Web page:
When the ROUTER ethernet adapeter sees this frame, it reads it off the wire and removes the leading 14-bytes and the trailing 4-bytes. It looks at the 0x0800 ethertype and decides to send it to the TCP/IP stack for processing (which will presumably forward it to the next router in the chain toward the destination).

In the above scenario, only the ROUTER machine is supposed to see the Ethernet frame, and all other machines are supposed to ignore it. The wiretap, however, breaks the rules and copies the frame off the network, too.

See Charles Spurgeon's Ethernet website at: http://wwwhost.ots.utexas.edu/ethernet/ethernet-home.html

1.5.2 What does "MAC" stand for?

Media Access Control.

The logic behind this is that the Ethernet has multiple sublayers, PHY, MAC, LLC. The Ethernet address is considered part of the MAC sublayer.

1.5.3 What is the format of the MAC address?

The Ethernet MAC address is a 48 bit number. This number is broken down into two halves, the first 24-bits identify the vendor of the Ethernet board, the second 24-bits is a serial number assigned by the vendor. This guarantees that no two Ethernet cards have the same MAC address (unless the vendor fouls up). Duplicate address would cause problems, so uniquess is very important. This 24-bit number is called the OUI ("Organizationally Unique Identifier").

However, the OUI is really only 22-bits long, two of the bits in that field are used for other purposes. One bit indicates if the address is a "broadcast/multicast" address, the other bit indicates if the adapter has been reassigned a "locally administered address" (where a network administrator reassigns the MAC address to fit some local policy).

For example, you will commonly see the MAC address 03 00 00 00 00 01 on the wire. The first byte contains the binary representation of 00000011 where both these special bits are set (and the rest are zero). This is a special multicast packet that is sent to all machines that run the "NetBEUI" protocol (which is commonly installed on Windows machines to share files locally without using TCP/IP as the transport).

The IEEE maintains the list of vendor/OUI codes at http://standards.ieee.org/regauth/oui/.

1.5.4 What is my Ethernet address?

Win9x
Run the program "winipcfg.exe". It will tell you.
WinNT
Run the program "ipconfig /all" from the command-line. It will show the MAC address for your adapters. Sample results are:
Windows NT IP Configuration

        Host Name . . . . . . . . . : sample.robertgraham.com
        DNS Servers . . . . . . . . : 192.0.2.254
        Node Type . . . . . . . . . : Hybrid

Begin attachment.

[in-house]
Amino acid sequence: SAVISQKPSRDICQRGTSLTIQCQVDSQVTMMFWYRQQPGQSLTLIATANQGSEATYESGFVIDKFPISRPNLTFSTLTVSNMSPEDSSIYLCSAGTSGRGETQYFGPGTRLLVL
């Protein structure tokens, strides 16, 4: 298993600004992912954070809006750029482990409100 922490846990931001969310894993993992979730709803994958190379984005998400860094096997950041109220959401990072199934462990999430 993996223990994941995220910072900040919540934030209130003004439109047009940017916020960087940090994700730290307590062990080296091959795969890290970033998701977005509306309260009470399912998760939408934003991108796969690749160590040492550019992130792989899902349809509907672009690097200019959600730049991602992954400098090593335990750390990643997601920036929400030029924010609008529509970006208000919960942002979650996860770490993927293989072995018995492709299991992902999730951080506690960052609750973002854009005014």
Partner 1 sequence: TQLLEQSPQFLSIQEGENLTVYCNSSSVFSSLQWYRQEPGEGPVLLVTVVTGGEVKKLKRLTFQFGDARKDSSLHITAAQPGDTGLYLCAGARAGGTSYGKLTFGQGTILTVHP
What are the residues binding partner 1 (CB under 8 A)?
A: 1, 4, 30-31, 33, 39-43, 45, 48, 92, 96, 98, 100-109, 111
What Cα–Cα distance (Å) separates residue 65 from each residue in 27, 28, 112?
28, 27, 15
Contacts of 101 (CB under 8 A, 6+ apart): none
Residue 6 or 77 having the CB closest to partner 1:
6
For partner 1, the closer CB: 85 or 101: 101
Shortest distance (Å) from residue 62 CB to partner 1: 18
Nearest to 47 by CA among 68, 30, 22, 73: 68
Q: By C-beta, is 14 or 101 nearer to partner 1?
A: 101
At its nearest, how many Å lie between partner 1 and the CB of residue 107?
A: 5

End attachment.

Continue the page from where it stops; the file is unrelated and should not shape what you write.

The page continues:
NetBIOS Scope ID. . . . . . :
        IP Routing Enabled. . . . . : No
        WINS Proxy Enabled. . . . . : No
        NetBIOS Resolution Uses DNS : No

Ethernet adapter SC12001:

        Description . . . . . . . . : DEC DC21140 PCI Fast Ethernet Adapter
        Physical Address. . . . . . : 00-40-05-A5-4F-9D
        DHCP Enabled. . . . . . . . : No
        IP Address. . . . . . . . . : 192.0.2.160
        Subnet Mask . . . . . . . . : 255.255.255.0
        Default Gateway . . . . . . : 192.0.2.1
        Primary WINS Server . . . . : 192.0.2.253
Linux
Run the program "ifconfig". Sample results are:
eth0      Link encap:Ethernet  HWaddr 08:00:17:0A:36:3E
          inet addr:192.0.2.161  Bcast:192.0.2.255  Mask:255.255.255.0
          UP BROADCAST RUNNING MULTICAST  MTU:1500  Metric:1
          RX packets:1137249 errors:0 dropped:0 overruns:0
          TX packets:994976 errors:0 dropped:0 overruns:0
          Interrupt:5 Base address:0x300    
Solaris
Use the "arp" or "netstat -p" command, it will often list the local interface among the ARP entries.

1.5.5 What are the Ethernet addresses of machines I'm talking to?

For WinNT and UNIX, use the command "arp -a".

1.6 Can I sniff a connection between two people without having access to their wire?

In other words, you are asking about this scenario:
  • Alice and Bob are in New York and Texas and are talking.
  • You are located in California, nowhere near them.
  • You want to eavesdrop on their communication.

The answer is of course "no", it isn't even remotely possible. You have to have access to the wire that the communication is going across in order to eavesdrop. Same as with telephones, same as everywhere.

Remote access to the wire

However, if you are a really, really good cracker/hacker, there are ways of getting access to those lines. Typical examples are:

  • Break into Alice or Bob's computer and install sniffing software that you remotely control.
  • Break into the intervening ISPs, and install sniffing software.
  • Find a box at the ISPs that supports sniffing, like an RMON probe or DSS (Distributed Sniffer System).
  • Bribe somebody at one of those ISPs; break into the physical plant and install a packet sniffer, etc.
  • ....

Close to the wire

In some situations, like cable-modems, DSL, Ethernet VLANs, etc., you can redirect traffic between two people to go through your own machine. This is because while you are not directly in the path of communication, you can sometimes move that path to flow past your own computer. It's much like the concept that you can divert a stream slightly, though not very far. See the "Redirect section under Cable-Modems.